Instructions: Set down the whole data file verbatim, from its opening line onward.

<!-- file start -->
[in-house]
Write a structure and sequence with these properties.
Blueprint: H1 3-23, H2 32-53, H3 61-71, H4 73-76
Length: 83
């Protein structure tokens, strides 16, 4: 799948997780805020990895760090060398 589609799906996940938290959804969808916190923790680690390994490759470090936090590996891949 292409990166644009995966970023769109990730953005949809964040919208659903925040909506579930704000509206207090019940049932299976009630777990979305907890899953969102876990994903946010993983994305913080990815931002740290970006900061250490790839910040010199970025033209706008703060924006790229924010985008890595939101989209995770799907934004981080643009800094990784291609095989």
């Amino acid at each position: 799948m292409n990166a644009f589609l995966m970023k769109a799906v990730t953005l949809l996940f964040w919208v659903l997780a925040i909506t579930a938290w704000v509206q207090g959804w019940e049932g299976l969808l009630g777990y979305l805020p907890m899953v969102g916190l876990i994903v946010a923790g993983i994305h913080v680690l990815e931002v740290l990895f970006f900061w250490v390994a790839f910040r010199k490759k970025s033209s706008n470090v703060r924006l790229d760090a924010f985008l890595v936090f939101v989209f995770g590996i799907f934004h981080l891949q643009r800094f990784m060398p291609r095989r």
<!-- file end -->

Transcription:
[in-house]
Write a structure and sequence with these properties.
Blueprint: H1 3-23, H2 32-53, H3 61-71, H4 73-76
Length: 83
């Protein structure tokens, strides 16, 4: 799948997780805020990895760090060398 589609799906996940938290959804969808916190923790680690390994490759470090936090590996891949 292409990166644009995966970023769109990730953005949809964040919208659903925040909506579930704000509206207090019940049932299976009630777990979305907890899953969102876990994903946010993983994305913080990815931002740290970006900061250490790839910040010199970025033209706008703060924006790229924010985008890595939101989209995770799907934004981080643009800094990784291609095989």
């Amino acid at each position: 799948m292409n990166a644009f589609l995966m970023k769109a799906v990730t953005l949809l996940f964040w919208v659903l997780a925040i909506t579930a938290w704000v509206q207090g959804w019940e049932g299976l969808l009630g777990y979305l805020p907890m899953v969102g916190l876990i994903v946010a923790g993983i994305h913080v680690l990815e931002v740290l990895f970006f900061w250490v390994a790839f910040r010199k490759k970025s033209s706008n470090v703060r924006l790229d760090a924010f985008l890595v936090f939101v989209f995770g590996i799907f934004h981080l891949q643009r800094f990784m060398p291609r095989r």